Amazon said that their 2008 holiday season was the ‘best ever’, despite the economic crisis.

Okay, so I can't use photoshop well, but you get my crystal ball idea!
Okay, so I can't use photoshop well, but you get the crystal ball idea!

In the name of a divine 09, I am busting out my crystal ball and getting bold and predicting that the crisis is going to further success of e-tailers.  I think Amazon’s success can be read as an opportunity for success for online retailers in general.

Amazon is one of our positive web marketing role models – they set the leadership tone for e-tailers, and I see a huge opportunity for other, smaller etailers to ride the wave of their success… economic crisis can equal an increase in the use of online retailers and boost sales overall. 

And why do I think this?  Because the web has no elitism and barriers, and when we have to spend wisely, we’re going to go where we can trust and make smart choices.

The web has changed the rules of spending, shopping and marketing as it allows consumers to become PROsumers, where they are empowered with online reviews, peer opinions and price comparisons. 

So no recession depression – get smart, serve your customers well and OWN IT!!  This is a big year for marketing!


  • Hey, Lorrie…
    I don’t know that this is all about marketing to be honest. As I see it, yes, there will be an explosion but not so rosy ( Will there be an upside for some? Yes… and I agree Amazon is a great example. That stated, Amazon succeeds not because it “markets better” or uses some kind of whiz-bang marketing practice. I think it’s larger than that.

    What I’m getting at is this:
    Today, “brand marketing” (the practice) finds itself being re-defined as the real-time aggregation of everything marketers and their customers DO together. That’s different than the old school definition focusing on *awareness* and *influencing* how customers feel about a marketer. Amazon not only “gets” this but invests in it.

    They are playing a lead role in evolving “branding” away from artsy strategies that strive to create “metal states” (uh, who cares?!) and toward a behavior-based science (i.e. “persona marketing” and “persuasion architecture”). They “get” how, when and why customers shop and transfer that to their realm.

    Amazon knows that success in an always-on customer ecosystem isn’t about “out-branding” the competition by making customers feel a certain way. Winning means creating measurable behavioral change. Getting people to buy stuff… over and over… and LOVING it — the process itself (think Disney).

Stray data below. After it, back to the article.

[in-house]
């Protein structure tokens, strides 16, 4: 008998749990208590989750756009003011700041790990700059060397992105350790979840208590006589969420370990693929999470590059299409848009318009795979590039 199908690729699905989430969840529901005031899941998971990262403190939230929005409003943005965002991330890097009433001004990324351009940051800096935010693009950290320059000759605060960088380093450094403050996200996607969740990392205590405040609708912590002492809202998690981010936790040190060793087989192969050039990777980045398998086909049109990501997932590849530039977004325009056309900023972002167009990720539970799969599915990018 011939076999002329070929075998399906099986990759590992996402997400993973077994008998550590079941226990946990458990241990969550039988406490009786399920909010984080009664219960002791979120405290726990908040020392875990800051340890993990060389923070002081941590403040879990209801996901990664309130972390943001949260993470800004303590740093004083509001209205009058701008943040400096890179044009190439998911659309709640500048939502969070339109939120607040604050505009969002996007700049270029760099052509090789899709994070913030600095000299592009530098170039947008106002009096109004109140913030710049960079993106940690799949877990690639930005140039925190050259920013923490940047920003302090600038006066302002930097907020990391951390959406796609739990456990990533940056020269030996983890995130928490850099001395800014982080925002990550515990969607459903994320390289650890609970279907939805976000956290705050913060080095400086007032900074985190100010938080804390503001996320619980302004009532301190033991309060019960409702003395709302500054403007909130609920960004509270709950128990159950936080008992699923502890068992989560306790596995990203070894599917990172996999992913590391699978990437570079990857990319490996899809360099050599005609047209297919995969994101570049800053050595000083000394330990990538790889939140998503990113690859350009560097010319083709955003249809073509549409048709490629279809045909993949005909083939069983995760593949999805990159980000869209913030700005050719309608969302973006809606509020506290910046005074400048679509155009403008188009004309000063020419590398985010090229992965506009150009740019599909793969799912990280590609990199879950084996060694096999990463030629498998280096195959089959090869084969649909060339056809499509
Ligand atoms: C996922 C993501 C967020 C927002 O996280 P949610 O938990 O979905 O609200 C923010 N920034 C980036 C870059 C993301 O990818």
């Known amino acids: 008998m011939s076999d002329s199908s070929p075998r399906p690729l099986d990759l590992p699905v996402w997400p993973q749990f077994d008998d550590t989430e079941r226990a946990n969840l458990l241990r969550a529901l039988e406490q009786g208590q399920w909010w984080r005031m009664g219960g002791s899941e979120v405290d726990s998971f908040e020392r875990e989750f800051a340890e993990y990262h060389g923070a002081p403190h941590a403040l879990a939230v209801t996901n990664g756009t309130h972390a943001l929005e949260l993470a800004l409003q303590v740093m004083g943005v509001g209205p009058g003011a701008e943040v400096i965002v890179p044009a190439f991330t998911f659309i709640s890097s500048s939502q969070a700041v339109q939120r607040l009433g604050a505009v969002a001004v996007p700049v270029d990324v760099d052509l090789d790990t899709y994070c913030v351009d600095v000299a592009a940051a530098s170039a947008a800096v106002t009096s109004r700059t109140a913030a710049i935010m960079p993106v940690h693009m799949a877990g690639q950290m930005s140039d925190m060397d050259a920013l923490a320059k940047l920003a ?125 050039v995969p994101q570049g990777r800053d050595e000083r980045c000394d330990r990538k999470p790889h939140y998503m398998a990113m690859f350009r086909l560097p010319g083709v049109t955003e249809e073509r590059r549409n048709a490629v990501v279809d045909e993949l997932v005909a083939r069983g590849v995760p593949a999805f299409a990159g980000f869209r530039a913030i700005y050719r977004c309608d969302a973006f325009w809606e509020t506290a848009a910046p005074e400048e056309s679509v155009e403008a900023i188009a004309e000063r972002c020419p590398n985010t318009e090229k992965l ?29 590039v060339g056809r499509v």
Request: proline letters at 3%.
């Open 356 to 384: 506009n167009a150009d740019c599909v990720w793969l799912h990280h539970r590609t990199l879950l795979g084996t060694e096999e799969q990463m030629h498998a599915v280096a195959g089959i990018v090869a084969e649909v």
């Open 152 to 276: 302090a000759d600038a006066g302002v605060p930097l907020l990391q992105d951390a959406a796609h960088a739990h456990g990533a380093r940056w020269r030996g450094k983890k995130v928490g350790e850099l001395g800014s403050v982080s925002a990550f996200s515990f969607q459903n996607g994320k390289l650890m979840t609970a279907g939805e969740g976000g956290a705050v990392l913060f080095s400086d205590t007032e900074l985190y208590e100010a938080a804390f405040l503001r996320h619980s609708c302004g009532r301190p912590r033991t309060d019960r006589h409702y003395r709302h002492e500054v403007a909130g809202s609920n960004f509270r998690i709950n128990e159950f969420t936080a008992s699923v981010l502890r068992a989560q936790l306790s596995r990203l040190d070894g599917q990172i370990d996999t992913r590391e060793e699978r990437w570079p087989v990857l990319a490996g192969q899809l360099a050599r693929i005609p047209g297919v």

This radical new re-thinking of branding positions it as a highly measurable strategy that **transcends** marketing. Sound crazy? Today’s successful marketers are empowering everyone in the company to go beyond mimicking a set of cosmetic guidelines. The Amazons of the world are collaborating internally – cross-departmentally – and with customers to create tangible, measurable behaviors that ultimately prompt purchase.

    Experiences factoring into customers’ purchase decisions are often found **outside of** the purview of marketing. They’re originating in other departments – procurement, vendor relationships, prices, service and support, environmental practices, etc.

    Promises are made by marketing people they’re *fulfilled* by the other employees within an organization.

    In this new world, brand is tangible, measurable and inherently actionable. It’s allowing marketers to become more (gulp) accountable. It’s providing opportunity to earn much-needed credibility among chief executives. CMO’s are becoming empowered. There. There’s the rosy side of my comments 🙂

  • Jeff,
    Thanks for the rocking post. The diseased marketer in me thinks EVERYTHING is about marketing 🙂 When I saw the Amazon article, I got all Obama-hope-esque and wanted to spread my rays of smiley web marketing hope sunshine out there. My definition of marketing is maximizing exchanges (leads, views, sign ups, downloads, sales, referrals, etc) I love to put Amazon out there as the 10,000 gorilla because they appeal to the masses and everybody can relate, however, I am a servant to small companies, entrepreneurs and marketing professionals slaving in the trenches. I agree that empowering everyone in the company to think beyond mimicking a set of cosmetic guidelines is what it is about (and was always about) before we got all new media ga-ga. What you seem to define is a new rules of branding (which I am sloppy drippy in love with).